A Praetorian soldier from the 2nd century AD – retrieved in Pozzuoli (1800). Pergamon Museum, Berlin

Praetorians’ mandatory service was shorter in duration than for soldiers in the legions; twelve years instead of sixteen starting in year 13 BC, then from AD5 sixteen instead of twenty years. Under Nero, the pay of a Praetorian was three and a half times that of a legionary, augmented by donativum, a ‘donation’ a.k.a. bribe) granted by each new emperor. This additional pay was often repeated at significant events including birthdays, births and marriages of the imperial family.

In order not to alienate the population of Rome, while conserving Republican civilian traditions, the Praetorians did not wear their armour while in the heart of the city. Instead they often dressed in a formal toga, which distinguished them from civilians but remained the mark of a Roman citizen. Augustus, conscious of the risk of maintaining a military force in an obvious way within the city, imposed this dress code.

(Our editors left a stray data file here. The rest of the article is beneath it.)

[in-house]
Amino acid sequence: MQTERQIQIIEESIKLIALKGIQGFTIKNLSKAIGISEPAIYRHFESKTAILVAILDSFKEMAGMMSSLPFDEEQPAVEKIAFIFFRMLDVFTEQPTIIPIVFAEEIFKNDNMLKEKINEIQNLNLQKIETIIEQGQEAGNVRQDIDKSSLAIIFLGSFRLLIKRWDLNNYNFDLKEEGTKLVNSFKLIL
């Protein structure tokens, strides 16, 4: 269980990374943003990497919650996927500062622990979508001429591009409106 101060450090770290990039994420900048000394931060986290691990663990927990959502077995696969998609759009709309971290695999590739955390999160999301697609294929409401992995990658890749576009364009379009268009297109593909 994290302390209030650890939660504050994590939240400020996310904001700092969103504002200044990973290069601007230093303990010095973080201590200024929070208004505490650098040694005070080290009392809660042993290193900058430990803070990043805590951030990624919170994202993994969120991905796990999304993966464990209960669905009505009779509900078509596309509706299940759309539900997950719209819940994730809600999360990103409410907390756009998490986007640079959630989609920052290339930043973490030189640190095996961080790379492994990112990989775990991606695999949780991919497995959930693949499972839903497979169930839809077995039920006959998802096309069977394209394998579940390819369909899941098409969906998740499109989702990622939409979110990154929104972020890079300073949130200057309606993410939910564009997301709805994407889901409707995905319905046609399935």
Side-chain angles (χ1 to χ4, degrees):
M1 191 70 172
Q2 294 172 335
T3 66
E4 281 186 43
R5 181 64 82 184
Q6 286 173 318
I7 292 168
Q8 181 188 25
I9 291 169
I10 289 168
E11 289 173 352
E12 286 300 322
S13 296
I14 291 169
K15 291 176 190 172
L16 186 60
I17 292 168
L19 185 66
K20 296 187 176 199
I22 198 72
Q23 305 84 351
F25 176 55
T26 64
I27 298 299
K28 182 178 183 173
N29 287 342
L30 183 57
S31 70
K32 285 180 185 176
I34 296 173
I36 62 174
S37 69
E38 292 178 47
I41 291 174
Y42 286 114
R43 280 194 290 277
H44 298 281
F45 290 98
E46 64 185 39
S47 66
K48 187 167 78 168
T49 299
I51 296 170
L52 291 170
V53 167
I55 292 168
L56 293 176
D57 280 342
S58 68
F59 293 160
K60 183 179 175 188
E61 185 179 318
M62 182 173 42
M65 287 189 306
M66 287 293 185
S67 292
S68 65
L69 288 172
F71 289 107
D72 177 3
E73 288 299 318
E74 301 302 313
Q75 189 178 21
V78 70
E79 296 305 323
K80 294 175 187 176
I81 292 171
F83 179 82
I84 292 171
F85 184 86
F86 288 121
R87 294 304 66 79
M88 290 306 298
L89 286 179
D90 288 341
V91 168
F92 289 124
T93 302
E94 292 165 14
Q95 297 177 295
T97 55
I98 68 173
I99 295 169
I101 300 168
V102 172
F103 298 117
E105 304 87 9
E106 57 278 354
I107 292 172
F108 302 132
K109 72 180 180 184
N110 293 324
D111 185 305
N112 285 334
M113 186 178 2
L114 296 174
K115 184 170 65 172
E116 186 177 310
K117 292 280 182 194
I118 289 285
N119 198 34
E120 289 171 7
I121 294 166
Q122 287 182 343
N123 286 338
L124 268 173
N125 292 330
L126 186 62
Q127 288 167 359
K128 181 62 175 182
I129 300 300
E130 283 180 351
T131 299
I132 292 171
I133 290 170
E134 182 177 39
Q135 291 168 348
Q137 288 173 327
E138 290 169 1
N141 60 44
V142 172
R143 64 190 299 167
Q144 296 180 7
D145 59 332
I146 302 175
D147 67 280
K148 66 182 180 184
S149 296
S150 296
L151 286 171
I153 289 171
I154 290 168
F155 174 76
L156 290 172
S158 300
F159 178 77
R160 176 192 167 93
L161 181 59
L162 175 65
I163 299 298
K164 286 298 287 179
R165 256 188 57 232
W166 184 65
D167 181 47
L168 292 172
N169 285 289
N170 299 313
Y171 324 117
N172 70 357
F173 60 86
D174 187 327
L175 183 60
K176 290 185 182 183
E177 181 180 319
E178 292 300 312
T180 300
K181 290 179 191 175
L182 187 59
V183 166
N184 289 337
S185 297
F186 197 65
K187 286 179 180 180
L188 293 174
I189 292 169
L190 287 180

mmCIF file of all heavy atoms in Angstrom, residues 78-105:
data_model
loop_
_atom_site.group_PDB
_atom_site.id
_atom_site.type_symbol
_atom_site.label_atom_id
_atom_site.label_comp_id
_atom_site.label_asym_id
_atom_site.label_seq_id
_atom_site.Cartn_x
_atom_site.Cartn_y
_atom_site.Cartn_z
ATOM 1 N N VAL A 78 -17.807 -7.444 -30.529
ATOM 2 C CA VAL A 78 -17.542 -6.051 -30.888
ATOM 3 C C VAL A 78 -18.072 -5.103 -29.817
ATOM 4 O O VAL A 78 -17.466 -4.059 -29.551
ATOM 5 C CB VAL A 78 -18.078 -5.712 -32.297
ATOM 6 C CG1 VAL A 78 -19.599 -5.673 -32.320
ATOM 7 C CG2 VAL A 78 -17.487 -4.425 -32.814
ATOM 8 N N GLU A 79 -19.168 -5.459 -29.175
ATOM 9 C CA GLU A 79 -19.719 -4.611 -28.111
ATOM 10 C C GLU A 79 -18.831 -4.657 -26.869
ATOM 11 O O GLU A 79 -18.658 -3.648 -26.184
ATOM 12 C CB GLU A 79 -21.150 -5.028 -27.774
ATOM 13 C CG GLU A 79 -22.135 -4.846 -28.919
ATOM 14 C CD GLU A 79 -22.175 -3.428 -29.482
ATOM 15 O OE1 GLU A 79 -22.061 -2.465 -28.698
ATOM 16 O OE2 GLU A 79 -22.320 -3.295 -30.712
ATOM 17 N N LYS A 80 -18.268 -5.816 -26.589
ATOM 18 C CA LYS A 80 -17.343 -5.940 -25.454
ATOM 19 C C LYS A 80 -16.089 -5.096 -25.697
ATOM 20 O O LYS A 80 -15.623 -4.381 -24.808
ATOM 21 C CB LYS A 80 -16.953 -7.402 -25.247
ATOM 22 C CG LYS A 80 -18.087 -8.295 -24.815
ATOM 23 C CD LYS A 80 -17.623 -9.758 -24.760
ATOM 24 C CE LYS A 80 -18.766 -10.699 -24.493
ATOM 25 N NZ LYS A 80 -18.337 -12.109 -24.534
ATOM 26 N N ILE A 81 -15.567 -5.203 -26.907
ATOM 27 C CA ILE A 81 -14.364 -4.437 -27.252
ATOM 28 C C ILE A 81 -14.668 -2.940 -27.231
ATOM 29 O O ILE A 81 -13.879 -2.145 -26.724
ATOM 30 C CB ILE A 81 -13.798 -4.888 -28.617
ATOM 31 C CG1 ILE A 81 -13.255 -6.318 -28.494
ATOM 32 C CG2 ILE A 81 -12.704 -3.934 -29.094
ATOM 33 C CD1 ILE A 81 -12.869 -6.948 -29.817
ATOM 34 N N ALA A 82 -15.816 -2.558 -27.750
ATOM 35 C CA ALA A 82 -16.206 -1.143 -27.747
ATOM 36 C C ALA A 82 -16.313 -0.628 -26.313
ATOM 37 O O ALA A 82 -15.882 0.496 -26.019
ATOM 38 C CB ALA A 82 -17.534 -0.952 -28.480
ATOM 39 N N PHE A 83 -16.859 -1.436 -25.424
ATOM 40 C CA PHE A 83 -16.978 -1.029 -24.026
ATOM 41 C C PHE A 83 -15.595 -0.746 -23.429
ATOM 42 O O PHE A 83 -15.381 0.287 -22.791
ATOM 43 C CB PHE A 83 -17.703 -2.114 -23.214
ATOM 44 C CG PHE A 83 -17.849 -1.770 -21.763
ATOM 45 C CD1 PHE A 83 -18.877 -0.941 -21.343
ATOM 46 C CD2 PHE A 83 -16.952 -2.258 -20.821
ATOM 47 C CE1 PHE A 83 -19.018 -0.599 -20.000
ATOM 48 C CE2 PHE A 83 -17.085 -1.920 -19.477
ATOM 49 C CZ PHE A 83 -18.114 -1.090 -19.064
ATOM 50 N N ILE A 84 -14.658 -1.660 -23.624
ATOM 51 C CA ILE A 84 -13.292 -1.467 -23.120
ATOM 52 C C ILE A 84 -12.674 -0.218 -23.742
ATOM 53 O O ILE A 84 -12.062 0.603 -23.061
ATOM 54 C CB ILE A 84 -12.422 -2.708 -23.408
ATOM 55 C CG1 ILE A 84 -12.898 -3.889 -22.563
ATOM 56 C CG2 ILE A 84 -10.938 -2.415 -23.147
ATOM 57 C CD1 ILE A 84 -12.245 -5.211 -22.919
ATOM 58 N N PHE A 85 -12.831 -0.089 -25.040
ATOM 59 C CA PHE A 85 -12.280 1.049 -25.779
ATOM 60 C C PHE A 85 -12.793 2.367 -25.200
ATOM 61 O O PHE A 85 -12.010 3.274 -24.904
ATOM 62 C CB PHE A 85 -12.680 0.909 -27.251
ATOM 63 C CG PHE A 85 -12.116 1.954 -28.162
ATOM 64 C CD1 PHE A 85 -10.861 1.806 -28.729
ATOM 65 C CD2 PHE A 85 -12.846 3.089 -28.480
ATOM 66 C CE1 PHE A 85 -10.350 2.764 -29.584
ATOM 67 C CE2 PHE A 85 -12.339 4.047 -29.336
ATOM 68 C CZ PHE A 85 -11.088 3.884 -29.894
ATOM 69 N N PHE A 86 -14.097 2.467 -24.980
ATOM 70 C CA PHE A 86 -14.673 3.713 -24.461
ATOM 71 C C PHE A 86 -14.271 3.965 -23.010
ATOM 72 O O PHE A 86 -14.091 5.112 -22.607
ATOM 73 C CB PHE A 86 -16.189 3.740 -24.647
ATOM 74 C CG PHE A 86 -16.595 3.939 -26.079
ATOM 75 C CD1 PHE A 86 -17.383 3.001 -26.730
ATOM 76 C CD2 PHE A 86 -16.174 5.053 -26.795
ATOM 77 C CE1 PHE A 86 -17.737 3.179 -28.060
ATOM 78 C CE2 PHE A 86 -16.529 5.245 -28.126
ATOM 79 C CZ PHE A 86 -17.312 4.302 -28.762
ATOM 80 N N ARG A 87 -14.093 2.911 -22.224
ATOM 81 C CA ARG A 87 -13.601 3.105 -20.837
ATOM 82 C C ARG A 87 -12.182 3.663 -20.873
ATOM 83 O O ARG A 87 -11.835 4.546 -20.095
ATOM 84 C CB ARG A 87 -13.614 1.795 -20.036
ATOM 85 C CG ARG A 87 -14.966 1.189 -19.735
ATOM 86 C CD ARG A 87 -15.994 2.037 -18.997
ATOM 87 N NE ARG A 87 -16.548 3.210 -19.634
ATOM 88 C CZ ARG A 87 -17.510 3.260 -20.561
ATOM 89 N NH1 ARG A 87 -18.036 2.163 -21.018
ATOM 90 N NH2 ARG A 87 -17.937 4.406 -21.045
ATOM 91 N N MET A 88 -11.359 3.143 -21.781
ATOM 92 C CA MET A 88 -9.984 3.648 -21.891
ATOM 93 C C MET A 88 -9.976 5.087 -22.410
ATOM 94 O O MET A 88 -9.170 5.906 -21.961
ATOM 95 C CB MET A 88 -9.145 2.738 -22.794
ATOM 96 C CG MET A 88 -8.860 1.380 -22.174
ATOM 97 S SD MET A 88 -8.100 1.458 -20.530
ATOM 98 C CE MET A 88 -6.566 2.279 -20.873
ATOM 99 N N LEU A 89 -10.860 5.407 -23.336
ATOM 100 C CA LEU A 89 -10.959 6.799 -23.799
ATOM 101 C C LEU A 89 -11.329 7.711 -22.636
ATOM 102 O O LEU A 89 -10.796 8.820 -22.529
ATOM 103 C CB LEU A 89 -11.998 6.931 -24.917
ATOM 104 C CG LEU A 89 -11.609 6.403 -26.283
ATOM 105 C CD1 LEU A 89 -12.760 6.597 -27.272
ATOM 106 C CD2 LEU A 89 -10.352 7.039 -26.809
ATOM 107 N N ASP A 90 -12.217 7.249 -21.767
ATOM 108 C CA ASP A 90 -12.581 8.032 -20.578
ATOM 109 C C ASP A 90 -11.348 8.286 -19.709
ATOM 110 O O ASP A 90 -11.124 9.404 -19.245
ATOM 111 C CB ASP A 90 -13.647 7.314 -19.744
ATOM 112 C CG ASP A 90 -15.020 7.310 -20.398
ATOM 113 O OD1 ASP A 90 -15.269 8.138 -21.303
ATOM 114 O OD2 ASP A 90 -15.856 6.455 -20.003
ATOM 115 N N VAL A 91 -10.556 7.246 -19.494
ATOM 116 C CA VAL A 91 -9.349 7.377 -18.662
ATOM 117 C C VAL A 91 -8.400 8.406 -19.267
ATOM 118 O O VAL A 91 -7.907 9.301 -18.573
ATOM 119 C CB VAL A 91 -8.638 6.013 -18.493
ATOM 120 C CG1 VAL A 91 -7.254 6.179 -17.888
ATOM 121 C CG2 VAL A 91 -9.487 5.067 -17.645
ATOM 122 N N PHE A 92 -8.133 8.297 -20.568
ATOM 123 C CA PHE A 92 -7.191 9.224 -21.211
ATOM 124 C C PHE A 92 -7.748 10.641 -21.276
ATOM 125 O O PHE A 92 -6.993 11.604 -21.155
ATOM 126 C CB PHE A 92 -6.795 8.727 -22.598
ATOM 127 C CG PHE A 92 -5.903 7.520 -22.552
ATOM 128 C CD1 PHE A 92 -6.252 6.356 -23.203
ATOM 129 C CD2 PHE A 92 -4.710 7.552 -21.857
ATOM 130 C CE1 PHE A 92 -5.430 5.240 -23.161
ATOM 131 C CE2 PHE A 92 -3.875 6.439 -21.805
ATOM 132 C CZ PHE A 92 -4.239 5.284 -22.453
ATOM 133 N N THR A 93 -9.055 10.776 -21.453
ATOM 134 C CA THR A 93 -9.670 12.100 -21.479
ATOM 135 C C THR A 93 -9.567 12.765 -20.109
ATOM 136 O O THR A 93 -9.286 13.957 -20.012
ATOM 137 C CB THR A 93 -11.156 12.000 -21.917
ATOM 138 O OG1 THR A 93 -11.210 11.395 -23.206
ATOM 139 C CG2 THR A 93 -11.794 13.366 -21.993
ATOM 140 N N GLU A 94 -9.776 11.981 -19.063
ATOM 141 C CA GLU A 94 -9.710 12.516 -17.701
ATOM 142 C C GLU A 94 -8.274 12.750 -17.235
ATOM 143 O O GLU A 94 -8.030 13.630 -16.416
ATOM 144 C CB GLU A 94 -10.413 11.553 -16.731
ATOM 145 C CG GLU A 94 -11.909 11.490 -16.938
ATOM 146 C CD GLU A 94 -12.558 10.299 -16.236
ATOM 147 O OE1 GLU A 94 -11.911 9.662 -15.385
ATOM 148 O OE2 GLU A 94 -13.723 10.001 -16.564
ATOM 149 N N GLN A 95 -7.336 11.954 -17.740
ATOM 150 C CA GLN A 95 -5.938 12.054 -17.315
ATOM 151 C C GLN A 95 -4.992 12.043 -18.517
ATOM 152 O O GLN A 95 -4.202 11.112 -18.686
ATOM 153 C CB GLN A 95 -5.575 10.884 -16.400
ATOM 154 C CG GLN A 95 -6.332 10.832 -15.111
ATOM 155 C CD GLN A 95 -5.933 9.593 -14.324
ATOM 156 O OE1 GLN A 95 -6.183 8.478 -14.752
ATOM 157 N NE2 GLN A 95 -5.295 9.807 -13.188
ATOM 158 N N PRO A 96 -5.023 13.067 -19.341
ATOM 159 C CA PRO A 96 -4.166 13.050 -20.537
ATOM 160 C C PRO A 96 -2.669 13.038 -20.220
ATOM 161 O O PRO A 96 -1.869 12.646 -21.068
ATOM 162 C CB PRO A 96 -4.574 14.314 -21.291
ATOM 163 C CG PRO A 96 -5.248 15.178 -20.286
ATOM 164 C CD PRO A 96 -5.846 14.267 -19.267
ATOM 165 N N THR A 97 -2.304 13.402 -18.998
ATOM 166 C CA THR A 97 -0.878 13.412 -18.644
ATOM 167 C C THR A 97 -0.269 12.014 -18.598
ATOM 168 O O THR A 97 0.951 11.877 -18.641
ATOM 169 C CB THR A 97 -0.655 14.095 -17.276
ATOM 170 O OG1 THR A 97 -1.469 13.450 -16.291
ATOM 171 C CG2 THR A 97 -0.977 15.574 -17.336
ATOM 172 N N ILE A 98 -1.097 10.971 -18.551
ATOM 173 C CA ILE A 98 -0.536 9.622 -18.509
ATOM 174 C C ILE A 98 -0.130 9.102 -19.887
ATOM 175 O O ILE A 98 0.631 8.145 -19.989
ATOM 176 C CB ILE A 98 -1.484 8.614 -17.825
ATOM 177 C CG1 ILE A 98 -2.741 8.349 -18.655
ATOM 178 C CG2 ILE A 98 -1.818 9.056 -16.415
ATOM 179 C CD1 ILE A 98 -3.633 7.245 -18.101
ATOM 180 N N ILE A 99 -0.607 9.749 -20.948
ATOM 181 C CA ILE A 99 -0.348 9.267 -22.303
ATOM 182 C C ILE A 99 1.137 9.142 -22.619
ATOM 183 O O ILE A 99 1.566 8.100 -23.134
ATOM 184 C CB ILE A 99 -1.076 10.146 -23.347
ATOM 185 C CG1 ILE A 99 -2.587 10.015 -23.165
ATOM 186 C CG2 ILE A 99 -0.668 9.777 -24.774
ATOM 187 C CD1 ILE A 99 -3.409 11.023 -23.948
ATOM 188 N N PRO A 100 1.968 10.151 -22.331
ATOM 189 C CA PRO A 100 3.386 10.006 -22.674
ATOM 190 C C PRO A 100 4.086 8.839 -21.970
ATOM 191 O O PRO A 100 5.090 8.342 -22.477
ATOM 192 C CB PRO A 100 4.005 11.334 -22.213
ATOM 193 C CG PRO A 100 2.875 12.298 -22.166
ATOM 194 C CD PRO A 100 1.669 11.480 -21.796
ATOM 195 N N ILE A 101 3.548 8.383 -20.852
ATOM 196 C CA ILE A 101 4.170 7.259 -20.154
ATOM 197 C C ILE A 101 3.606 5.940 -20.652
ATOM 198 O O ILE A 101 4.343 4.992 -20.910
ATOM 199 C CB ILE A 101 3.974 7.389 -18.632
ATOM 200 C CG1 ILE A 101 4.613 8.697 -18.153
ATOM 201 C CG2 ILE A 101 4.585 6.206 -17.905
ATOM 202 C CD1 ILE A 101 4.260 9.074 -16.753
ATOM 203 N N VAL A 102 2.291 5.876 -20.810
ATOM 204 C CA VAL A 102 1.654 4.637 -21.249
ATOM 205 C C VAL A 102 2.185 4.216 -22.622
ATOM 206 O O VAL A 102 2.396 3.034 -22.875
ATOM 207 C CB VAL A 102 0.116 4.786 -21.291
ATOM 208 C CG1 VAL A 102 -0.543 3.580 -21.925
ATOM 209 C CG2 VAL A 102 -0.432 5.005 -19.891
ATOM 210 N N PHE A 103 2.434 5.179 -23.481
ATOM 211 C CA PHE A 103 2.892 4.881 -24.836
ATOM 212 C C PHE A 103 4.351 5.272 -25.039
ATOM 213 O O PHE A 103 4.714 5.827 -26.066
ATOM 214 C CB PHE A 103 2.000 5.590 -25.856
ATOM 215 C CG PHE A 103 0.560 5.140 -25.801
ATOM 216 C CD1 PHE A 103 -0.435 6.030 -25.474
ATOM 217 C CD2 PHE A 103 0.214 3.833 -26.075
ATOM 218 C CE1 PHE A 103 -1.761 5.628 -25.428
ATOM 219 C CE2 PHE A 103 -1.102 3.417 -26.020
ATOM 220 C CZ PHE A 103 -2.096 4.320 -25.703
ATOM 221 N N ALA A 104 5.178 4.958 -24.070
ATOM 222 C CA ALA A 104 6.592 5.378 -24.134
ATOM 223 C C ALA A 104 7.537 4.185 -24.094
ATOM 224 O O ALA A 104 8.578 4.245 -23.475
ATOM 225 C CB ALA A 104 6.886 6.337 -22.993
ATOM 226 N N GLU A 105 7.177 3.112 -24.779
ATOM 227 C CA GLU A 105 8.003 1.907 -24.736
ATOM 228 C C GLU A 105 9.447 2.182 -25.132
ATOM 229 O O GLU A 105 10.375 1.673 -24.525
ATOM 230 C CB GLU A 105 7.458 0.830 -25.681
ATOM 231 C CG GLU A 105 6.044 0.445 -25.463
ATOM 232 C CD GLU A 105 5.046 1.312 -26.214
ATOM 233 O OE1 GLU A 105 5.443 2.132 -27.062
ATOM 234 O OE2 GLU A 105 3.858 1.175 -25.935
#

Major monetary distributions or food subsidies rewarded/bought the fidelity of the Praetorians following each failed plot (such as that of Messalina against Claudius in AD 48 or Piso against Nero in AD 65).

Patrick Stewart as Sejanus, Patricia Quinn as Livilla in the BBC adaptation of I, Claudius (Robert Graves)

Bad apples